Take this moral proposition:
"I think it's wrong to make cows suffer in slaughter houses."
We could conduct research into the nervous systems of the animal, illustrating these animals 'feel' the same sort of pain we do. We could conduct research into the natural habitat of such an animal, illustrating how it's 'unnatural' to keep cows pent up (leading to physical complications). And so forth and so on, but in the end, it would be our moral judgment that decides. Every premise set forth to support our conclusion doesn't seem to support our conclusion, as there doesn't appear to be any objective method with which to evaluate. Is illustrating how animals suffer a valid premise to support "I think it's wrong to make cows suffer in slaughter houses", in the case of a moral proposition?
What kind of justification would you seek from the proposition I just noted?
By the is-ought principle, your argument must contain a moral premise in order to stand a chance at being
valid. So a justification may come in this way, and I might question it, agree with it, etc. Or you might show that it is logically inconsistent to hold your statement in the background of some other beliefs (Socratic style). A justification as patent inconsistency is a good justification. So I might seek to show that your statement is inconsistent with your other views or that it presupposes some principle that generates other inconsistencies.
Also, I might argue that there's nothing empirical about it. We don't need to delve into the nervous system to determine that animals feel the same sort of pain we do. If we did, then it would not have been until fairly recently that we determined that other humans
suffer the same kind of pain that we do. This is manifestly absurd, and so we should reject the premise that "research into the nervous system illustrates that species X feels the same sort of pain as species Y". We have had and have used evidence (of a certain kind) to determine rightly that animals feel the same kind of pain we do, and that evidence was not based on research into the nervous system. But this is a tangent.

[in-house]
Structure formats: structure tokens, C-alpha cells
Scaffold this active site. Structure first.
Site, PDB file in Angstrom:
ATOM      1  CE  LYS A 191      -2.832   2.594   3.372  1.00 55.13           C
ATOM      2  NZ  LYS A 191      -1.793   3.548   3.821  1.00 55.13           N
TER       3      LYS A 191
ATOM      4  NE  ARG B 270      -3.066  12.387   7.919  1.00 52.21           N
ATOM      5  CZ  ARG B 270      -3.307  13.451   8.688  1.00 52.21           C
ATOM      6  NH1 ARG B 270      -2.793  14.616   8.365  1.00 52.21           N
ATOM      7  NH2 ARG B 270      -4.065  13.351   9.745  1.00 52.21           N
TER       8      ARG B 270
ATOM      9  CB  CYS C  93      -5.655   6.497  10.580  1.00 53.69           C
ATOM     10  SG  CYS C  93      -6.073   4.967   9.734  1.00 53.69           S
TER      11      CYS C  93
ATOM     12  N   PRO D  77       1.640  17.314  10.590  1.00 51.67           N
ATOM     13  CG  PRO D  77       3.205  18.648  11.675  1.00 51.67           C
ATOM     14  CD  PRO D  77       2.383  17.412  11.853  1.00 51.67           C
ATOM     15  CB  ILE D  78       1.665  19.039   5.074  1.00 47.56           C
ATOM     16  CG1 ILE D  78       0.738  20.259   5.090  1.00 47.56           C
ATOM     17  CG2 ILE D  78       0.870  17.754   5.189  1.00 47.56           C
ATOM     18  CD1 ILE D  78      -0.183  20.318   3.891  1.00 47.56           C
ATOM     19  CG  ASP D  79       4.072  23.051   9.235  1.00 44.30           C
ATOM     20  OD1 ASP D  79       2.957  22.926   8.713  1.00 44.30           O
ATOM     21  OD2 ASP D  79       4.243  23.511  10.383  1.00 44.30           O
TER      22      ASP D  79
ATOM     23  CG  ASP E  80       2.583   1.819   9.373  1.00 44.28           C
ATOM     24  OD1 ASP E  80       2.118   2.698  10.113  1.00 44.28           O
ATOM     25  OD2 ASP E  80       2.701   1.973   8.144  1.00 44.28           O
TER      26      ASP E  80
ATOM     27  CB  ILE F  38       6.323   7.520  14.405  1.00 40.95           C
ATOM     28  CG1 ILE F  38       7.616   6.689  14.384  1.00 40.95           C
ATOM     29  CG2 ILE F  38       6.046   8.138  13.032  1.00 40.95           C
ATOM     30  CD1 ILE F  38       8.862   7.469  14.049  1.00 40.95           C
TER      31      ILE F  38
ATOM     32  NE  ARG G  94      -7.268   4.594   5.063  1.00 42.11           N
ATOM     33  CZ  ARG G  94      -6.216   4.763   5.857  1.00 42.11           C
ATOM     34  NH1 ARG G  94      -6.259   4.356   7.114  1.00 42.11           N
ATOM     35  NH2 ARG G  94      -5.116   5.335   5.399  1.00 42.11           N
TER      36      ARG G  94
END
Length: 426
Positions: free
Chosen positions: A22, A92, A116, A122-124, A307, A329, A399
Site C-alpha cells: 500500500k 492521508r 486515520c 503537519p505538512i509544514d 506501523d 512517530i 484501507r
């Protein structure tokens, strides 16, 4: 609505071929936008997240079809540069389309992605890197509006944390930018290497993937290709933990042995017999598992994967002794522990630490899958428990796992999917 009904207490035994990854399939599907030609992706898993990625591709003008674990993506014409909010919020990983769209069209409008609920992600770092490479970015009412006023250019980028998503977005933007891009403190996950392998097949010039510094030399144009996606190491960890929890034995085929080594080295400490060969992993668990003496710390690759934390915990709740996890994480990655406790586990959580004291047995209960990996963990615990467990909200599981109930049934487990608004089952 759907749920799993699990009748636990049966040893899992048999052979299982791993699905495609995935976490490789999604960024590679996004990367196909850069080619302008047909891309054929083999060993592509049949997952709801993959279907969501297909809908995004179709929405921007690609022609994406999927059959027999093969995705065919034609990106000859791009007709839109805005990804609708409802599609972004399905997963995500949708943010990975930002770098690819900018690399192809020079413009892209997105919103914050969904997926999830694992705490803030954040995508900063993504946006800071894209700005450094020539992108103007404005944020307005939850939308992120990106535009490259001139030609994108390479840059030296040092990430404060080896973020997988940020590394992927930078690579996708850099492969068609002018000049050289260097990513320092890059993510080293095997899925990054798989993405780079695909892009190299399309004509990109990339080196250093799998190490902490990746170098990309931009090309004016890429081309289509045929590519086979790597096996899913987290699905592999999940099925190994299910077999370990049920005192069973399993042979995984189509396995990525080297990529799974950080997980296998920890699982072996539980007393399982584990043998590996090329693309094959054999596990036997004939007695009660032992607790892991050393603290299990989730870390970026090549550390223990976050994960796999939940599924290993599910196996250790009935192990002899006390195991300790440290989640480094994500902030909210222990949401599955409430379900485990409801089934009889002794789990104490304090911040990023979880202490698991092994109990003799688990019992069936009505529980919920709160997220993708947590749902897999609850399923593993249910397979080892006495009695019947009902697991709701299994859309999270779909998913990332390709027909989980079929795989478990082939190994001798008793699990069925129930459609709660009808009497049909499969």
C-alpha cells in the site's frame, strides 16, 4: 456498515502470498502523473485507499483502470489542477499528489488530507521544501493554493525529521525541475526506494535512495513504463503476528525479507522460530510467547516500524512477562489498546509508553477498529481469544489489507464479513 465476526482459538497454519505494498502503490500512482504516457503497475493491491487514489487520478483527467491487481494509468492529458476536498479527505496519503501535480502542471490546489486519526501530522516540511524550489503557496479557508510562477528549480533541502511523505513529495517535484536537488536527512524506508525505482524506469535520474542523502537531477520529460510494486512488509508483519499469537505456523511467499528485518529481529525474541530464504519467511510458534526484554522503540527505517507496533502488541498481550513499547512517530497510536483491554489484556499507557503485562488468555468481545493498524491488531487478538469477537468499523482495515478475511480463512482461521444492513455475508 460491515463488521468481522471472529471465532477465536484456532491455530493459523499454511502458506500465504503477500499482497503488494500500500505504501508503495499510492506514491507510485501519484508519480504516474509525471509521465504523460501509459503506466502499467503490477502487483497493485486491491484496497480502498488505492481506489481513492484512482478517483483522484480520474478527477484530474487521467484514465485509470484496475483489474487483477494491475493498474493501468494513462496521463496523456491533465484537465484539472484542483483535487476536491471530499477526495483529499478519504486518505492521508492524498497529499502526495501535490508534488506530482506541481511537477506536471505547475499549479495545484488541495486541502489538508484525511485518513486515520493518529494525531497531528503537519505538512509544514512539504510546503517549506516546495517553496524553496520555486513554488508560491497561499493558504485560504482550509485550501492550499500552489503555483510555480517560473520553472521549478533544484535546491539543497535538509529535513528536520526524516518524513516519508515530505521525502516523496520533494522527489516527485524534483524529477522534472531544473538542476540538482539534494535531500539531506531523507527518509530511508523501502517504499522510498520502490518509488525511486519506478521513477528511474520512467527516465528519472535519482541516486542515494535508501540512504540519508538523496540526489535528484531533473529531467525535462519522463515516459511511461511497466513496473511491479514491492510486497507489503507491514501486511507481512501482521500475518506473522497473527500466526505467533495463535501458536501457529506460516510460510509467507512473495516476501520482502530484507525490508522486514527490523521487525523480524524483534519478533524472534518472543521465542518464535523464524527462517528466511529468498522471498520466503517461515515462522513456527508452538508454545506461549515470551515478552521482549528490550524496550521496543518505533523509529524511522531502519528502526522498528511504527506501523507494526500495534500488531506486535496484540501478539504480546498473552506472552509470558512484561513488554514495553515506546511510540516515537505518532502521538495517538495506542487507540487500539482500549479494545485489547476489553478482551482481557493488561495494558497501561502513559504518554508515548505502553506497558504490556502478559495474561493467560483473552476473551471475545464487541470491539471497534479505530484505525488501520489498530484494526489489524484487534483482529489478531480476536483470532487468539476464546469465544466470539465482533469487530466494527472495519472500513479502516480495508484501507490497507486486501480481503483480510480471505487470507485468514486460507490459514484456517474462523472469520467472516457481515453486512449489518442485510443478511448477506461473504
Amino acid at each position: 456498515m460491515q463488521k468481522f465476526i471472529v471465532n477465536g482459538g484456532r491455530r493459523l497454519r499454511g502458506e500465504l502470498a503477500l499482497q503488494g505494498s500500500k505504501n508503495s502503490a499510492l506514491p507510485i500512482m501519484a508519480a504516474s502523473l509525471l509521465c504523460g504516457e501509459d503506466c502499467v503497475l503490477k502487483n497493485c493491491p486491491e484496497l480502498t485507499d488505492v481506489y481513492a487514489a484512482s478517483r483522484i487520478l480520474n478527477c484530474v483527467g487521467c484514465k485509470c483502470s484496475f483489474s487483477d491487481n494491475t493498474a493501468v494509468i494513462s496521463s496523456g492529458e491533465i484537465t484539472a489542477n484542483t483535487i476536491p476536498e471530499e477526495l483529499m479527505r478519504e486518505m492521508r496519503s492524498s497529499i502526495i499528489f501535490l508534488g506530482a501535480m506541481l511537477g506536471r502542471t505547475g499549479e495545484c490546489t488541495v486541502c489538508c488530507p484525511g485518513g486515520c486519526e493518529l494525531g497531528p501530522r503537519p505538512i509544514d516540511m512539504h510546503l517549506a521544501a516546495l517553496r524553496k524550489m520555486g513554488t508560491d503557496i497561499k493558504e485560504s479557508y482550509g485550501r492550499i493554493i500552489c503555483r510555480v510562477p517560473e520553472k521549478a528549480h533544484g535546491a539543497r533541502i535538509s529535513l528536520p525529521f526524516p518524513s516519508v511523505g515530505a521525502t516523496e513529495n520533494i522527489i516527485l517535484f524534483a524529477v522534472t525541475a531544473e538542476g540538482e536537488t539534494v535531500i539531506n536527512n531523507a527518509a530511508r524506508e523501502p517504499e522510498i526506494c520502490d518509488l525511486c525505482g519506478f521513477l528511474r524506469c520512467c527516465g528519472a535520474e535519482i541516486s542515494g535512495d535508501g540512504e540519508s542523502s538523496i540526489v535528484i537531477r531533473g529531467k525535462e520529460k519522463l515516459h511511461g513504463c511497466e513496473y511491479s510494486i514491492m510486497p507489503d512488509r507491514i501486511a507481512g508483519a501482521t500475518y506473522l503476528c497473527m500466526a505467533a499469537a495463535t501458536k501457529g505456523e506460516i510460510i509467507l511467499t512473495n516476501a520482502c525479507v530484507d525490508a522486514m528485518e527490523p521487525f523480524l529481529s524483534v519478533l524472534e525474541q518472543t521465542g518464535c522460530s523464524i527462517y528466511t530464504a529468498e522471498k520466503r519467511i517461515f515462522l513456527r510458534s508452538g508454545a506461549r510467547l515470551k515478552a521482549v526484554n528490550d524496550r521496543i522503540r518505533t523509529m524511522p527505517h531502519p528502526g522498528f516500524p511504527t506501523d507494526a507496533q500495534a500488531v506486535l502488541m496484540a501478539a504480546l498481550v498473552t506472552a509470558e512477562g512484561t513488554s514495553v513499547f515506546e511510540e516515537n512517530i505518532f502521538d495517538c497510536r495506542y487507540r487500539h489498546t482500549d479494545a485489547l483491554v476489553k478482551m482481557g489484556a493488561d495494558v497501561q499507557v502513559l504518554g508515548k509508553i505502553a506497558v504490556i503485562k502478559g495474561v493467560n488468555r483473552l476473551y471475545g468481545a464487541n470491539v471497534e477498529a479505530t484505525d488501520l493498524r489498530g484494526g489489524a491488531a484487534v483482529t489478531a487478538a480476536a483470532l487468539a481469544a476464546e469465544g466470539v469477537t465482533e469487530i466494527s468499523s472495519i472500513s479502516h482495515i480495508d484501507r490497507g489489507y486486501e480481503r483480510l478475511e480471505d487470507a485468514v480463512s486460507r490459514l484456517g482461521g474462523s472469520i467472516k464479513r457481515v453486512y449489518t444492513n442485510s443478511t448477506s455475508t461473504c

There's a distinction to be had in the concept of justification. "to be justified" and "to give justification" might both be interpreted from the statement "X has justification."
Thus, I might say "X is a justified conclusion" and "X has available justification." The former sense is evaluative while the latter descriptive. Up 'til now, xris has failed to give justification in the latter sense. Justification for his argument is not available in the sense that it has not been given. So it would be silly to speak of evaluating his justification because there's none to speak of.
His arguments are not unjustified; they are non-justified. Any ol' justification will do. But saying of an utterance or expression "it is an opinion" is not to provide a justification for it. Thus, I cannot say his argument is unjustified in the evaluative sense; it lacks justification in the way that a car lacks a driver. I cannot say it is a fast or a slow car until I see it in action, where a driver is essential to that judgment. To say an argument is unjustified in the evaluative sense is just to say it is bad. I am not saying his argument is bad. I am saying it is not an argument.
Again, a moral justification will do. Name calling is not a moral justification. "They are despicable" is not a justification. It presupposes a justification (in order words, evidence). The evidence can be slim, minute, great, multifaceted, etc. Calling someone a criminal is not to give a moral justification but to presuppose one, a justification for one's claiming such.
So, onto the search for moral premises, then, yeah? "All living things ought to be treated as equal" or "Cows share some property P with things we typically do not put into slaughter houses (say, humans)."